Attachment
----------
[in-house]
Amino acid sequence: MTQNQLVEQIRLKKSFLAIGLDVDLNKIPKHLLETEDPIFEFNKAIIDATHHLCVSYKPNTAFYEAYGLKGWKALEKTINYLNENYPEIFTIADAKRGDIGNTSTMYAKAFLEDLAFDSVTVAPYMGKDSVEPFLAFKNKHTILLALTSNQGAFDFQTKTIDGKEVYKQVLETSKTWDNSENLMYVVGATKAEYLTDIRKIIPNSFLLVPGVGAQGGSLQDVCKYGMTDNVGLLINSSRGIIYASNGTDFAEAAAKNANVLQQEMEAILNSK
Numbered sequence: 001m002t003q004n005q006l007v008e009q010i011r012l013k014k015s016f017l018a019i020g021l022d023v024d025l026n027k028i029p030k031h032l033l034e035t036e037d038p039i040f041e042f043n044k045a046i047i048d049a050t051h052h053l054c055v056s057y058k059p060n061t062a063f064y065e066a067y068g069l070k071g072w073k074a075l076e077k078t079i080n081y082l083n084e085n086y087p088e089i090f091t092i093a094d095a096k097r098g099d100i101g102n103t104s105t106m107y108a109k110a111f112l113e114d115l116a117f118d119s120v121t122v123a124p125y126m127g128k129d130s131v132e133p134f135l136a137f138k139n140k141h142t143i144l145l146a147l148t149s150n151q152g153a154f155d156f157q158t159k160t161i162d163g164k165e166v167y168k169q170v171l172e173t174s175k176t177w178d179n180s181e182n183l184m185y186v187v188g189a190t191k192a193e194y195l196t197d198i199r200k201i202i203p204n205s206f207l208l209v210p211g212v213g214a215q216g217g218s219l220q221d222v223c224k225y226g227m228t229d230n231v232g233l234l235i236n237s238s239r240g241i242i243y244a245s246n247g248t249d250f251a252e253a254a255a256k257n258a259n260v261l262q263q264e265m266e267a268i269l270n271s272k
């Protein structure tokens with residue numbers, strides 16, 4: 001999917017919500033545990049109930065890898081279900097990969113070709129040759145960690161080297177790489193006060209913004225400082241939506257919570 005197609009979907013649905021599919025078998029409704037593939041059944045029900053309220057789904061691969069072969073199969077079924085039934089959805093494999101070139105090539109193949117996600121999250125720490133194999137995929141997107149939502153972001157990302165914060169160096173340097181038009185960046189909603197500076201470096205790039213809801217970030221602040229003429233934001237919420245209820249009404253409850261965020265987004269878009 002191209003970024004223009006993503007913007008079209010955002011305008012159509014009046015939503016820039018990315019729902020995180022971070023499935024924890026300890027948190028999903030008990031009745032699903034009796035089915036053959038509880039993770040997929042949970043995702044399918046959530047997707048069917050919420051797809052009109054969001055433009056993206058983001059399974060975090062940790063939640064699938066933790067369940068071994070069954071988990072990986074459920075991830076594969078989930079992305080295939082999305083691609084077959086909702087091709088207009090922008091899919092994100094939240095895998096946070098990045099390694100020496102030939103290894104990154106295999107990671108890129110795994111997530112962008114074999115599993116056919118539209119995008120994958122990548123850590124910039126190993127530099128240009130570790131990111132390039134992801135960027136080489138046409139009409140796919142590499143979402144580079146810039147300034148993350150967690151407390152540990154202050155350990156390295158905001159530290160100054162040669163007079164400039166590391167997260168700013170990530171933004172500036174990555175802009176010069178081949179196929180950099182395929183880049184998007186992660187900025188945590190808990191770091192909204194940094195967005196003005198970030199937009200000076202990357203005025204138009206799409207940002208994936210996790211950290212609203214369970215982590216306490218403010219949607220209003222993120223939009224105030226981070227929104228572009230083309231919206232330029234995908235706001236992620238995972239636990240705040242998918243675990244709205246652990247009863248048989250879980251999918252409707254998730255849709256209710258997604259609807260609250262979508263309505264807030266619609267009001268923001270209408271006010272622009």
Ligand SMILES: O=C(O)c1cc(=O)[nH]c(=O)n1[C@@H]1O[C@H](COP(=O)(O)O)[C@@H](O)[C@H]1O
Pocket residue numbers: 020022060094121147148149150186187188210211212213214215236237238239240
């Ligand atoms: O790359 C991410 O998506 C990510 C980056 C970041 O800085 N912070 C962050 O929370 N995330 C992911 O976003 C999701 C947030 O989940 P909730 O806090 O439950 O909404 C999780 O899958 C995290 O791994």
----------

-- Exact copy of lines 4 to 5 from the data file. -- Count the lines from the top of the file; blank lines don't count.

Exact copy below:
């Protein structure tokens with residue numbers, strides 16, 4: 001999917017919500033545990049109930065890898081279900097990969113070709129040759145960690161080297177790489193006060209913004225400082241939506257919570 005197609009979907013649905021599919025078998029409704037593939041059944045029900053309220057789904061691969069072969073199969077079924085039934089959805093494999101070139105090539109193949117996600121999250125720490133194999137995929141997107149939502153972001157990302165914060169160096173340097181038009185960046189909603197500076201470096205790039213809801217970030221602040229003429233934001237919420245209820249009404253409850261965020265987004269878009 002191209003970024004223009006993503007913007008079209010955002011305008012159509014009046015939503016820039018990315019729902020995180022971070023499935024924890026300890027948190028999903030008990031009745032699903034009796035089915036053959038509880039993770040997929042949970043995702044399918046959530047997707048069917050919420051797809052009109054969001055433009056993206058983001059399974060975090062940790063939640064699938066933790067369940068071994070069954071988990072990986074459920075991830076594969078989930079992305080295939082999305083691609084077959086909702087091709088207009090922008091899919092994100094939240095895998096946070098990045099390694100020496102030939103290894104990154106295999107990671108890129110795994111997530112962008114074999115599993116056919118539209119995008120994958122990548123850590124910039126190993127530099128240009130570790131990111132390039134992801135960027136080489138046409139009409140796919142590499143979402144580079146810039147300034148993350150967690151407390152540990154202050155350990156390295158905001159530290160100054162040669163007079164400039166590391167997260168700013170990530171933004172500036174990555175802009176010069178081949179196929180950099182395929183880049184998007186992660187900025188945590190808990191770091192909204194940094195967005196003005198970030199937009200000076202990357203005025204138009206799409207940002208994936210996790211950290212609203214369970215982590216306490218403010219949607220209003222993120223939009224105030226981070227929104228572009230083309231919206232330029234995908235706001236992620238995972239636990240705040242998918243675990244709205246652990247009863248048989250879980251999918252409707254998730255849709256209710258997604259609807260609250262979508263309505264807030266619609267009001268923001270209408271006010272622009």
Ligand SMILES: O=C(O)c1cc(=O)[nH]c(=O)n1[C@@H]1O[C@H](COP(=O)(O)O)[C@@H](O)[C@H]1O